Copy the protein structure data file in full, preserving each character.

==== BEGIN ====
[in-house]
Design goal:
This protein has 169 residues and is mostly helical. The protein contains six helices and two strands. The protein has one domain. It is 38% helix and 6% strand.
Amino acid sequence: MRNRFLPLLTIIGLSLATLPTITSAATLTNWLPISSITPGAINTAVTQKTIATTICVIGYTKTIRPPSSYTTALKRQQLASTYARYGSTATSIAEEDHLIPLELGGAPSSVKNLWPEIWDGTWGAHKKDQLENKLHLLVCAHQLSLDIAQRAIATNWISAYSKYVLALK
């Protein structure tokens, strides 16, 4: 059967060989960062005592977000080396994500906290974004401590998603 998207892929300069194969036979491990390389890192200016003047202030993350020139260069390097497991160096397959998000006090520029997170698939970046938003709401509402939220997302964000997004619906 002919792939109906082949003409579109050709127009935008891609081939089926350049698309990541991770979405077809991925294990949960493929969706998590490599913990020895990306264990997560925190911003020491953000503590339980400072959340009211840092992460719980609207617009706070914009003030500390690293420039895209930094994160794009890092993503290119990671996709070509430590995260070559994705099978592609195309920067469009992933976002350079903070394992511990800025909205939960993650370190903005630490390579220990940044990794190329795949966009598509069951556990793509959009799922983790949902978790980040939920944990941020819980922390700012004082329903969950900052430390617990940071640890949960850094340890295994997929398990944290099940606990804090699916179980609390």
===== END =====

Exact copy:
[in-house]
Design goal:
This protein has 169 residues and is mostly helical. The protein contains six helices and two strands. The protein has one domain. It is 38% helix and 6% strand.
Amino acid sequence: MRNRFLPLLTIIGLSLATLPTITSAATLTNWLPISSITPGAINTAVTQKTIATTICVIGYTKTIRPPSSYTTALKRQQLASTYARYGSTATSIAEEDHLIPLELGGAPSSVKNLWPEIWDGTWGAHKKDQLENKLHLLVCAHQLSLDIAQRAIATNWISAYSKYVLALK
């Protein structure tokens, strides 16, 4: 059967060989960062005592977000080396994500906290974004401590998603 998207892929300069194969036979491990390389890192200016003047202030993350020139260069390097497991160096397959998000006090520029997170698939970046938003709401509402939220997302964000997004619906 002919792939109906082949003409579109050709127009935008891609081939089926350049698309990541991770979405077809991925294990949960493929969706998590490599913990020895990306264990997560925190911003020491953000503590339980400072959340009211840092992460719980609207617009706070914009003030500390690293420039895209930094994160794009890092993503290119990671996709070509430590995260070559994705099978592609195309920067469009992933976002350079903070394992511990800025909205939960993650370190903005630490390579220990940044990794190329795949966009598509069951556990793509959009799922983790949902978790980040939920944990941020819980922390700012004082329903969950900052430390617990940071640890949960850094340890295994997929398990944290099940606990804090699916179980609390």